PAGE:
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1.【址:a g 9 559⒐ v i p】1 96. Explicit Liber Troili et Cresseidis: "The end of the book of Troilus and Cressida."
2. Philogenet was astonished at the crowd of people that he saw, doing sacrifice to the god and goddess. Philobone informed him that they came from other courts; those who knelt in blue wore the colour in sign of their changeless truth <21>; those in black, who uttered cries of grief, were the sick and dying of love. The priests, nuns, hermits, and friars, and all that sat in white, in russet and in green, "wailed of their woe;" and for all people, of every degree, the Court was open and free. While he walked about with Philobone, a messenger from the King entered, and summoned all the new-come folk to the royal presence. Trembling and pale, Philogenet approached the throne of Admetus, and was sternly asked why he came so late to Court. He pleaded that a hundred times he had been at the gate, but had been prevented from entering by failure to see any of his acquaintances, and by shamefacedness. The King pardoned him, on condition that thenceforth he should serve Love; and the poet took oath to do so, "though Death therefor me thirle [pierce] with his spear." When the King had seen all the new-comers, he commanded an officer to take their oaths of allegiance, and show them the Statutes of the Court, which must be observed till death.
3. 6. Very: true; French "vrai".
4. Notes to the Prologue to the Prioress's Tale.
5. THE Cook of London, while the Reeve thus spake, For joy he laugh'd and clapp'd him on the back: "Aha!" quoth he, "for Christes passion, This Miller had a sharp conclusion, Upon this argument of herbergage.* *lodging Well saide Solomon in his language, Bring thou not every man into thine house, For harbouring by night is perilous. *Well ought a man avised for to be* *a man should take good heed* Whom that he brought into his privity. I pray to God to give me sorrow and care If ever, since I highte* Hodge of Ware, *was called Heard I a miller better *set a-work*; *handled He had a jape* of malice in the derk. *trick But God forbid that we should stinte* here, *stop And therefore if ye will vouchsafe to hear A tale of me, that am a poore man, I will you tell as well as e'er I can A little jape that fell in our city."
6. "I say that if th'opinion of thee Be sooth, for that he sits, then say I this, That he must sitte by necessity; And thus necessity in either is, For in him need of sitting is, y-wis, And, in thee, need of sooth; and thus forsooth There must necessity be in you both.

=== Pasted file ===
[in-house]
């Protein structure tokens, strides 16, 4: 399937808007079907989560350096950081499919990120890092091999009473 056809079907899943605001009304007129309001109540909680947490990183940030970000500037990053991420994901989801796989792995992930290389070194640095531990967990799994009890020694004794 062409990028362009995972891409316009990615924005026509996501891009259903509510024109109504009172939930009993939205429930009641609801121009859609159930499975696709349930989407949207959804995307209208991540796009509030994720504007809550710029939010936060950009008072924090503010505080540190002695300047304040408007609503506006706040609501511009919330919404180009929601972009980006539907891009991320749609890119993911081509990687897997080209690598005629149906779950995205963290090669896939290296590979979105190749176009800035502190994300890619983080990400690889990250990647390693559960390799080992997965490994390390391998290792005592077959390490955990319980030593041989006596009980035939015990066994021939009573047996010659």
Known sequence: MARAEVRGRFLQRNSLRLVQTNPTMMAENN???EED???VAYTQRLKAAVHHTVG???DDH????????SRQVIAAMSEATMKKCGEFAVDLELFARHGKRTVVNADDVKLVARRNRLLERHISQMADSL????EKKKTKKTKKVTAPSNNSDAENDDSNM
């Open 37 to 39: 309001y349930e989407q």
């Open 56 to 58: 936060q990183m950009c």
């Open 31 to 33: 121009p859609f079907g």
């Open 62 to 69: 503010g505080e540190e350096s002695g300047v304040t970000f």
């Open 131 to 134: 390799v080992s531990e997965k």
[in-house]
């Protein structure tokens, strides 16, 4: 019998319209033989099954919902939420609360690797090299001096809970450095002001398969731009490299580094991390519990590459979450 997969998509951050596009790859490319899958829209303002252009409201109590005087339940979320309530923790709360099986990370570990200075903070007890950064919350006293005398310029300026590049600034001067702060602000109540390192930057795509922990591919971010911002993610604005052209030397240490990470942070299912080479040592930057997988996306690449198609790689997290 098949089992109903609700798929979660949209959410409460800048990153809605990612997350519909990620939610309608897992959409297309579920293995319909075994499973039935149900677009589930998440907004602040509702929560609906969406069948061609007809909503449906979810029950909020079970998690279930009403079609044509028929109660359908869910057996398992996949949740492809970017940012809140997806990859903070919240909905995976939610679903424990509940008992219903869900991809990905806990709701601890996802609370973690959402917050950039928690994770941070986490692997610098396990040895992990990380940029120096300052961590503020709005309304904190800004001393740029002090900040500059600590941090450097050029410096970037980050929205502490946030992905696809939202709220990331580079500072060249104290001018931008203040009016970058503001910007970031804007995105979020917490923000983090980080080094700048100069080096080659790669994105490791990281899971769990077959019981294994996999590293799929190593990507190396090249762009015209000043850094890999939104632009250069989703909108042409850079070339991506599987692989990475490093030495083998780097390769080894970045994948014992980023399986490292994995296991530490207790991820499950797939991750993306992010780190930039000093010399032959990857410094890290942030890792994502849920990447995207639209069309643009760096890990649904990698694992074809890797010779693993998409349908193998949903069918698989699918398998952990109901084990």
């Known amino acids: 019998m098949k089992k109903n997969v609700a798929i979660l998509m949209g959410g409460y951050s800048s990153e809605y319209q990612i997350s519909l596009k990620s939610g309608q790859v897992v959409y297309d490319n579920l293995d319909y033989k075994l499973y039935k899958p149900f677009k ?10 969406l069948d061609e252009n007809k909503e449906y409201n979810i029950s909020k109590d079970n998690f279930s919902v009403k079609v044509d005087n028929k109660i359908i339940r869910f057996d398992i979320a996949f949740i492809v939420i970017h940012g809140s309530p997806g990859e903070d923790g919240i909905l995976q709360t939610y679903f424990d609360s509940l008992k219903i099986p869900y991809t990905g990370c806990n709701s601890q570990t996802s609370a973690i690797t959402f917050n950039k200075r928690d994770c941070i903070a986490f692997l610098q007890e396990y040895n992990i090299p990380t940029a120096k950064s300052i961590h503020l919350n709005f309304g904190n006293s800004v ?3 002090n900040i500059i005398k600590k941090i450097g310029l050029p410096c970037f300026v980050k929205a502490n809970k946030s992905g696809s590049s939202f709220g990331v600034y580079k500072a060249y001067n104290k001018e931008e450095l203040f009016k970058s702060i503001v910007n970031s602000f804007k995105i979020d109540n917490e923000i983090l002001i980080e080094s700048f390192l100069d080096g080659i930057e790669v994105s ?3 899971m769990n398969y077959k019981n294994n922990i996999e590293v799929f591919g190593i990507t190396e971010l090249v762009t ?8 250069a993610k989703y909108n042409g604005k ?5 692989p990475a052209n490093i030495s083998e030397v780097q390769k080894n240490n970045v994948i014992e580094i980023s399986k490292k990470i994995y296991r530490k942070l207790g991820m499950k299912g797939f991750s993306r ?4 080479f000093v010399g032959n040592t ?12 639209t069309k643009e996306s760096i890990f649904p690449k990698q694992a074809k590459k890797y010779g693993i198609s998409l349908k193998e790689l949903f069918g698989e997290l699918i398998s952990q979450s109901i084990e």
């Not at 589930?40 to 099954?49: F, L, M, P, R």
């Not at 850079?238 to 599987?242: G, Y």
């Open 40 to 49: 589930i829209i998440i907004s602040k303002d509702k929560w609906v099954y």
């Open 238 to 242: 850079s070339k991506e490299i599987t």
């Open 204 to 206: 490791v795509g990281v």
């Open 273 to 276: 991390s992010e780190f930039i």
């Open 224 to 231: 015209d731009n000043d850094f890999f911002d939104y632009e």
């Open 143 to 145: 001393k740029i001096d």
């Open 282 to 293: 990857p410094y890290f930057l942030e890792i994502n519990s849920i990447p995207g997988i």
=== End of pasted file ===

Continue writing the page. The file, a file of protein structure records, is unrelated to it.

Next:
1. Whilom there was dwelling in Lombardy A worthy knight, that born was at Pavie, In which he liv'd in great prosperity; And forty years a wifeless man was he, And follow'd aye his bodily delight On women, where as was his appetite, As do these fooles that be seculeres.<2> And, when that he was passed sixty years, Were it for holiness, or for dotage, I cannot say, but such a great corage* *inclination Hadde this knight to be a wedded man, That day and night he did all that he can To espy where that he might wedded be; Praying our Lord to grante him, that he Mighte once knowen of that blissful life That is betwixt a husband and his wife, And for to live under that holy bond With which God firste man and woman bond. "None other life," said he, "is worth a bean; For wedlock is so easy, and so clean, That in this world it is a paradise." Thus said this olde knight, that was so wise. And certainly, as sooth* as God is king, *true To take a wife it is a glorious thing, And namely* when a man is old and hoar, *especially Then is a wife the fruit of his treasor; Then should he take a young wife and a fair, On which he might engender him an heir, And lead his life in joy and in solace;* *mirth, delight Whereas these bachelors singen "Alas!" When that they find any adversity In love, which is but childish vanity. And truely it sits* well to be so, *becomes, befits That bachelors have often pain and woe: On brittle ground they build, and brittleness They finde when they *weene sickerness:* *think that there They live but as a bird or as a beast, is security* In liberty, and under no arrest;* *check, control Whereas a wedded man in his estate Liveth a life blissful and ordinate, Under the yoke of marriage y-bound; Well may his heart in joy and bliss abound. For who can be so buxom* as a wife? *obedient Who is so true, and eke so attentive To keep* him, sick and whole, as is his make?** *care for **mate For weal or woe she will him not forsake: She is not weary him to love and serve, Though that he lie bedrid until he sterve.* *die And yet some clerkes say it is not so; Of which he, Theophrast, is one of tho:* *those *What force* though Theophrast list for to lie? *what matter*